Avalanche on “Sleeping Indian” Mountain
Three Killed By Slides in Other Areas
“Since Friday three Coloradans lost their lives in avalanche accidents, and 132 avalanches were reported. One hundred and eight avalanches were triggered by people in the last week” said Colorado Avalanche Information Center (CAIC) Director Dr. Ethan Greene in a press release distributed to media outlets on Sunday, Dec. 13, 2020. The list included a natural, non-fatal avalanche on Mt. Arkansas (aka, The Sleeping Indian Mountain) located north of Leadville off Highway 91.
“More people die in avalanches in Colorado than any other state, and this year conditions are especially dangerous.” The CAIC is urging people headed to the mountains to exercise extra care in the mountains and pay special attention to the avalanche forecast.
On Saturday, Dec. 19, two backcountry skiers were caught, buried, and killed in an avalanche in the North San Juan Zone. The skiers were in an area locally known as the Battleship, southeast of Ophir Pass. You can view the preliminary report here. The day before, on Friday, Dec. 18, a solo skier was caught, buried, and killed in an avalanche in the Gunnison zone. He was skiing on the northeast end of the Anthracite Range in an area locally known as Friendly Finish. The avalanche occurred on a northeast-facing slope at an elevation of around 10,500 feet. You can view the preliminary report here. Condolences to the friends and family of all of these victims.
Recent Natural Avalanche Near Fremont Pass
Closer to home last Thursday, a natural avalanche was reported in the area known locally as the “Sleeping Indian” mountain on December 17, 2020. The avalanche was “certainly large enough to hurt someone,” CAIC Field Reporter Jason stated. “And possibly even bury someone.”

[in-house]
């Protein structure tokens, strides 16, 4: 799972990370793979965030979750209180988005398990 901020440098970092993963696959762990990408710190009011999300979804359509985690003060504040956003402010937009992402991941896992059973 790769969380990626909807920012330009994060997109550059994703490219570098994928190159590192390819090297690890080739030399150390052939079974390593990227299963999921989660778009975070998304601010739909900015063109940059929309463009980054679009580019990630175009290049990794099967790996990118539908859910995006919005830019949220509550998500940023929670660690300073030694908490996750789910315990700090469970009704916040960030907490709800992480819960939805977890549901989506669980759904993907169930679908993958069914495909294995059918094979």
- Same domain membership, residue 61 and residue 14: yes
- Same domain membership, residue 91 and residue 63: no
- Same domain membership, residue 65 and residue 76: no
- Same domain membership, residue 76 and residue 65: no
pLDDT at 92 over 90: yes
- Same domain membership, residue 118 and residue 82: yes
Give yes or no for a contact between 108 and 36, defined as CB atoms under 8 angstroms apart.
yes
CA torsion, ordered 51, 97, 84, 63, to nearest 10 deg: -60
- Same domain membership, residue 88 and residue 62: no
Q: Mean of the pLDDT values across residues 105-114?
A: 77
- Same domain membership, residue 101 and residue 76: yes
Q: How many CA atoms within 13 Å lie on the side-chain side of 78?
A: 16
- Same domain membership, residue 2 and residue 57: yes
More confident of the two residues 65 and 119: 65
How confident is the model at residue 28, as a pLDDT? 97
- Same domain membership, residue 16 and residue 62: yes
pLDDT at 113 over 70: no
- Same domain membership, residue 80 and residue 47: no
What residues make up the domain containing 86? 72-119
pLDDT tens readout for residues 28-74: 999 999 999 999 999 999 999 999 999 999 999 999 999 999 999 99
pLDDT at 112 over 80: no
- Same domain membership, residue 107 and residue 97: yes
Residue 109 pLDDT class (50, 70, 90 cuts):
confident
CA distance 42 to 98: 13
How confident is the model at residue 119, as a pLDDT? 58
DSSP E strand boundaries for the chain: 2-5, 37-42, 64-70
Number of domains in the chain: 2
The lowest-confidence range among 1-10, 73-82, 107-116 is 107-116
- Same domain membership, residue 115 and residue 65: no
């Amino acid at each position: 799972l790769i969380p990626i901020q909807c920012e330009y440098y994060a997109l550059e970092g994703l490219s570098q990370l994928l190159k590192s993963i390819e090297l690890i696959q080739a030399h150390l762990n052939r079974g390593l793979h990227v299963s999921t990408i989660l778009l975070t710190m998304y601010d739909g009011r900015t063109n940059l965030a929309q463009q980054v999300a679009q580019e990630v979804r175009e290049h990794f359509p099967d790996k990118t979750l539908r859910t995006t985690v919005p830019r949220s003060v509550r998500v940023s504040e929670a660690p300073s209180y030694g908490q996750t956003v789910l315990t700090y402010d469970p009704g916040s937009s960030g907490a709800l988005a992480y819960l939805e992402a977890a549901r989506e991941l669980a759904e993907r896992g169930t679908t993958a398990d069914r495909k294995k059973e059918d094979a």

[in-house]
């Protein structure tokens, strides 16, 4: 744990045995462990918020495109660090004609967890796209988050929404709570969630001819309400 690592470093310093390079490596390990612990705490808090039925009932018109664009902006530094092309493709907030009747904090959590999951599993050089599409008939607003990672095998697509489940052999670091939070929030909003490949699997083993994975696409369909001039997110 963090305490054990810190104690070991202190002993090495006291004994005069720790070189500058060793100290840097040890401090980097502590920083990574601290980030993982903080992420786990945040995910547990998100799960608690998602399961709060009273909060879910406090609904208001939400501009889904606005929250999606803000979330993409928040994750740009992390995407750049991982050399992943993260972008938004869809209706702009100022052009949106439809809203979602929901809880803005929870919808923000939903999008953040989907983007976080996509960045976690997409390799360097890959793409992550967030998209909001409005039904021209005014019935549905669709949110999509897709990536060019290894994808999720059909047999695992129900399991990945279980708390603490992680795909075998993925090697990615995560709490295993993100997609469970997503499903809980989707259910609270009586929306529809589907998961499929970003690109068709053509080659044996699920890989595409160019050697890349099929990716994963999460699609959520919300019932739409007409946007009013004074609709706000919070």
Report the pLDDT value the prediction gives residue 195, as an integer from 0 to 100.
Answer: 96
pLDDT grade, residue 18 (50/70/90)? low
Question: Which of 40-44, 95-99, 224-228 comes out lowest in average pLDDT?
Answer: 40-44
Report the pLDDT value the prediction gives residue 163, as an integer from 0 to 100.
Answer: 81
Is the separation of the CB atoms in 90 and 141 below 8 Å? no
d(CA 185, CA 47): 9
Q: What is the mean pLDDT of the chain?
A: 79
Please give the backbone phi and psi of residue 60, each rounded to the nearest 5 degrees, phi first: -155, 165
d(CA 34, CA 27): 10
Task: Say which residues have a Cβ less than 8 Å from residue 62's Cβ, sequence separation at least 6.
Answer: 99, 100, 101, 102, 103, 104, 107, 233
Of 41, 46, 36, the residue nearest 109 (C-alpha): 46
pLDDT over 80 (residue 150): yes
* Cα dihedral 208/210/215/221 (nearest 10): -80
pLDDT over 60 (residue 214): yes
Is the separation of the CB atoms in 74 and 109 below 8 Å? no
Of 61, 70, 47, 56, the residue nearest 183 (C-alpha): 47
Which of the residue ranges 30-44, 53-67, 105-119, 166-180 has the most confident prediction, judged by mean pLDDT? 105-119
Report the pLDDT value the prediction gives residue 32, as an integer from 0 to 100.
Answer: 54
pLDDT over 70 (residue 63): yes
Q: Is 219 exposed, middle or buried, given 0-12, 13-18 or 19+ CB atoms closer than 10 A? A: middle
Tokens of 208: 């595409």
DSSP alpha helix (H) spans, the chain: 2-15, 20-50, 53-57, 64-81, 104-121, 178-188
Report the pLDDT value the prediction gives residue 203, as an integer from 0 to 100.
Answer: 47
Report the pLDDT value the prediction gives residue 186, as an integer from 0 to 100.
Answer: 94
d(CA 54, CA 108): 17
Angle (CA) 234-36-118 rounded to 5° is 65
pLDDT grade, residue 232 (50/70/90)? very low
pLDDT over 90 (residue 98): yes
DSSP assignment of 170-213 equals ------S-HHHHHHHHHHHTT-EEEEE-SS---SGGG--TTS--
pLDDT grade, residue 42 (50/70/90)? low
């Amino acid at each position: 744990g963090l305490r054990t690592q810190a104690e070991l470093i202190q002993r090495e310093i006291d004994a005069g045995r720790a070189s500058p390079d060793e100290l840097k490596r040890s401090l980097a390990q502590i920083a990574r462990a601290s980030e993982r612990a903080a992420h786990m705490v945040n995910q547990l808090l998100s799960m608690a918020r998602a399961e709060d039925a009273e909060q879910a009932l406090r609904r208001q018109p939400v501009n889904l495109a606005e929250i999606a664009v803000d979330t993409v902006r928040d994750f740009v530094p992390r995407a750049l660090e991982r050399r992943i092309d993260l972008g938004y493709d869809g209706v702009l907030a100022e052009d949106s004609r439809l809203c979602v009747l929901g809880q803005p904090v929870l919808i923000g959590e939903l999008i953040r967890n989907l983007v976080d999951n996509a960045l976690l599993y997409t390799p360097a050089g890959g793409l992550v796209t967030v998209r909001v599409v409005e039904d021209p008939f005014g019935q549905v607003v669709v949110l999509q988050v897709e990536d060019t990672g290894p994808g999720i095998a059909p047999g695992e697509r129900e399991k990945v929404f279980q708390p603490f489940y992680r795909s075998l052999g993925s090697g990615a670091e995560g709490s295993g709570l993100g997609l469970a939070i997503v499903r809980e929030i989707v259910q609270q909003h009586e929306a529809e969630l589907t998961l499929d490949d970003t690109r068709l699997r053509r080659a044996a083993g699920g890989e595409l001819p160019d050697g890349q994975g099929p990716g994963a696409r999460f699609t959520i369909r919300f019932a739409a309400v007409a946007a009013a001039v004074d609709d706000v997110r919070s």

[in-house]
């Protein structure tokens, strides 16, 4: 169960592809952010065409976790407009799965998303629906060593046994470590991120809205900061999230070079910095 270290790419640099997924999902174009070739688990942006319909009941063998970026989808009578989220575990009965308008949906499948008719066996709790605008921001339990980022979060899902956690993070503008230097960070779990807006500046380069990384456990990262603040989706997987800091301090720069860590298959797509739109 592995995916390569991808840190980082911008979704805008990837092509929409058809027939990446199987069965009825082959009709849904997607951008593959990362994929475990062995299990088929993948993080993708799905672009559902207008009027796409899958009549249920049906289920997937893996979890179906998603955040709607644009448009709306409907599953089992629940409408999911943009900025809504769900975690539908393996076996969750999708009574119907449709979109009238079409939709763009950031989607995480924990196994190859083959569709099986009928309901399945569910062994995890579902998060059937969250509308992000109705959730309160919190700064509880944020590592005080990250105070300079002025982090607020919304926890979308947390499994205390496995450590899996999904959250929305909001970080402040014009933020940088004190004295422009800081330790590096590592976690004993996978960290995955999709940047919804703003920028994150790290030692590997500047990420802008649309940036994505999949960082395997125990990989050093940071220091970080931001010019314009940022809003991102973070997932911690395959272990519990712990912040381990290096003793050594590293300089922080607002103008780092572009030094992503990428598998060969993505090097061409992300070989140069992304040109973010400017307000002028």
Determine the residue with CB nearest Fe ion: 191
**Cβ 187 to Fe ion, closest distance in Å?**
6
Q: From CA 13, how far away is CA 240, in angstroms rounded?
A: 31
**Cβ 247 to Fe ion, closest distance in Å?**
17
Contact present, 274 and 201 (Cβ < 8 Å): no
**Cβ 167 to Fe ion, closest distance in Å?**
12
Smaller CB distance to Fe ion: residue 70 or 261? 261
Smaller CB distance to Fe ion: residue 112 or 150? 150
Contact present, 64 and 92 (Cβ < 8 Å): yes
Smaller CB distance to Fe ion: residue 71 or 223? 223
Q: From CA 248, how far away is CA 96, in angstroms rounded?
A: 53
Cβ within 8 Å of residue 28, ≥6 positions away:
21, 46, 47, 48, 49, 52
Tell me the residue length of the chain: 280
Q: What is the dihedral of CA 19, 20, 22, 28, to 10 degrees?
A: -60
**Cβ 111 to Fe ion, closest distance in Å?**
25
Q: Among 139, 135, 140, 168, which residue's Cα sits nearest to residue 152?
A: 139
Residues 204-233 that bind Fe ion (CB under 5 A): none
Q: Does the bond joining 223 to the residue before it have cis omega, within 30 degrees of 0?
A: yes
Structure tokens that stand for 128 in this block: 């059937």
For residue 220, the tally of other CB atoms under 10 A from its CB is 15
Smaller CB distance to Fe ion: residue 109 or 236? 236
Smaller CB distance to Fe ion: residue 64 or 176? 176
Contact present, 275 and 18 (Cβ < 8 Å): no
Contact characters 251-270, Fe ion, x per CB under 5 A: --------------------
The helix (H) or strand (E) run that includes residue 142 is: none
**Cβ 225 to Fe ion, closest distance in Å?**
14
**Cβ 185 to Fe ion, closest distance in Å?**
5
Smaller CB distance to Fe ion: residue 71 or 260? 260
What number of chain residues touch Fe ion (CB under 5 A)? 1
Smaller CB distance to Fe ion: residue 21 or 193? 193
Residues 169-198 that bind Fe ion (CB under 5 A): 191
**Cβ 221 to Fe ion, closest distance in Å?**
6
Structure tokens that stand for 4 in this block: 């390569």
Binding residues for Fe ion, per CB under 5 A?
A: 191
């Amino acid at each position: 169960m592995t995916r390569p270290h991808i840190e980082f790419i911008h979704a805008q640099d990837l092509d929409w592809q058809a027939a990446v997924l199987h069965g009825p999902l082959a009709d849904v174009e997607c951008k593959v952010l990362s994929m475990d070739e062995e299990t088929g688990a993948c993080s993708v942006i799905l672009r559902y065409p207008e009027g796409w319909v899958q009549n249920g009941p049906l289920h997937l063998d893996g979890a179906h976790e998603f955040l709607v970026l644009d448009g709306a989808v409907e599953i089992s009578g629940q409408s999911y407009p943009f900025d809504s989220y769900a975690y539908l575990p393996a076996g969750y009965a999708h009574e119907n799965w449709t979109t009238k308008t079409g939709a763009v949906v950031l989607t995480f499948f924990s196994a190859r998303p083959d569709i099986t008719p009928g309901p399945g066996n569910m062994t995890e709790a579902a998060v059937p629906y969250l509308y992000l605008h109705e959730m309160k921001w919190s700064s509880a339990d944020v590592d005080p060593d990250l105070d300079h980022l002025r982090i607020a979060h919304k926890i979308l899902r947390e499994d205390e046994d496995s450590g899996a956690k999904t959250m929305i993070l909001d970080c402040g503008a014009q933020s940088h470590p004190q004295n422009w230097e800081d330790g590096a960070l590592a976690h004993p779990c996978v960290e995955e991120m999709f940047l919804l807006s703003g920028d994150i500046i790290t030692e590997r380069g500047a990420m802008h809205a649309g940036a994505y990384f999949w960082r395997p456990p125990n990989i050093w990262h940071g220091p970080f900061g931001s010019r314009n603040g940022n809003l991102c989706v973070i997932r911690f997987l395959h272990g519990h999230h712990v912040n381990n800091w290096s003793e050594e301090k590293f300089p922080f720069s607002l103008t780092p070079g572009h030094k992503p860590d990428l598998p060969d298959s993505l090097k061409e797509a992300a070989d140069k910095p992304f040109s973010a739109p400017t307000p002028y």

Conditions have been unusual due to recent high-pressure weather creating soft and hard tempered layers of snow stacking up on top of each other; a dangerous slab-unsteady situation. Viewers can watch the full report about the avalanche which occurred on Mt. Arkansas (aka Sleeping Indian Mtn), located off Highway 91. The peak towers above the Highway 91 “stork curve” south of Fremont Pass. The slide which was 100 feet wide and took its debris more than 200 feet down the mountain, took place on the east-facing slope which would mean it would not be visible from the roadway.
Slab Slides Top Local Concerns
by: Bo Torrey, CAIC. This report was issued on Mon, Dec 21, 2020 at 8:14 a.m.
Since December 10 the Central Mountains received 1 to 2 feet of snow. The snowpack before the snow arrived was a loose mess of facets, all that was missing was a slab. Over the last 10-days, as snow arrived and the snowpack developed a slab, we recorded over 100 human-triggered avalanches and more than 230 natural avalanches in the Central Mountains alone, with more each day. Expect more avalanches today. The snowpack is beginning to stabilize but not quickly.
Anywhere you find a thicker layer of new or recently wind-drifted snow at the surface you can trigger dangerous avalanches. It is a very obvious structure to observe if you get your shovel out and dig down on low-angle slopes. If you see more than about 10 inches of cohesive new or wind drifted snow over a weak and faceted layer then you have found the type of snowpack structure we need to avoid.
If you are traveling in areas where the snowpack is deeper, or where you experience cracking and collapsing, or find recently wind-drifted snow, on northerly or easterly-facing aspects, avoid steep terrain. If you are traveling in the thinner areas of the zone where the snowpack is less continuous, you may be able to ride in more terrain, but you still need to assess every slope for a slab over a weak layer combination.